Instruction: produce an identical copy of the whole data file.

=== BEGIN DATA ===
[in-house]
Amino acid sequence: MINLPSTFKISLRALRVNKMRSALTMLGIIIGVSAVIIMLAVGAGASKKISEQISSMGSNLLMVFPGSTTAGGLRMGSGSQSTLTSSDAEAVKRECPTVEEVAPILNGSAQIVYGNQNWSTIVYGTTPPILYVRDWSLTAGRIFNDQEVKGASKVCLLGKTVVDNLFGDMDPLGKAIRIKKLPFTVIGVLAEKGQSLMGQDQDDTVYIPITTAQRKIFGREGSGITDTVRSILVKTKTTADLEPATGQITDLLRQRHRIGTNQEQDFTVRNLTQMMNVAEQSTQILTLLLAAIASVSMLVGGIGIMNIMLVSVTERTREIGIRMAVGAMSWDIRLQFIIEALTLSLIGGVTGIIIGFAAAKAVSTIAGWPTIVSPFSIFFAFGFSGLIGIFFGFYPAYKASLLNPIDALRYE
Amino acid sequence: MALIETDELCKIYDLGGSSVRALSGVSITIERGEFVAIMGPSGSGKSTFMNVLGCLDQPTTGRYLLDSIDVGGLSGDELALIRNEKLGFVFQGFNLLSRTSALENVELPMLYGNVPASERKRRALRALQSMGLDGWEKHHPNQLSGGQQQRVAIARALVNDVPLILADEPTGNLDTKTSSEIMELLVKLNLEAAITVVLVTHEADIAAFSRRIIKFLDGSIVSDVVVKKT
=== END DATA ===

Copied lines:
[in-house]
Amino acid sequence: MINLPSTFKISLRALRVNKMRSALTMLGIIIGVSAVIIMLAVGAGASKKISEQISSMGSNLLMVFPGSTTAGGLRMGSGSQSTLTSSDAEAVKRECPTVEEVAPILNGSAQIVYGNQNWSTIVYGTTPPILYVRDWSLTAGRIFNDQEVKGASKVCLLGKTVVDNLFGDMDPLGKAIRIKKLPFTVIGVLAEKGQSLMGQDQDDTVYIPITTAQRKIFGREGSGITDTVRSILVKTKTTADLEPATGQITDLLRQRHRIGTNQEQDFTVRNLTQMMNVAEQSTQILTLLLAAIASVSMLVGGIGIMNIMLVSVTERTREIGIRMAVGAMSWDIRLQFIIEALTLSLIGGVTGIIIGFAAAKAVSTIAGWPTIVSPFSIFFAFGFSGLIGIFFGFYPAYKASLLNPIDALRYE
Amino acid sequence: MALIETDELCKIYDLGGSSVRALSGVSITIERGEFVAIMGPSGSGKSTFMNVLGCLDQPTTGRYLLDSIDVGGLSGDELALIRNEKLGFVFQGFNLLSRTSALENVELPMLYGNVPASERKRRALRALQSMGLDGWEKHHPNQLSGGQQQRVAIARALVNDVPLILADEPTGNLDTKTSSEIMELLVKLNLEAAITVVLVTHEADIAAFSRRIIKFLDGSIVSDVVVKKT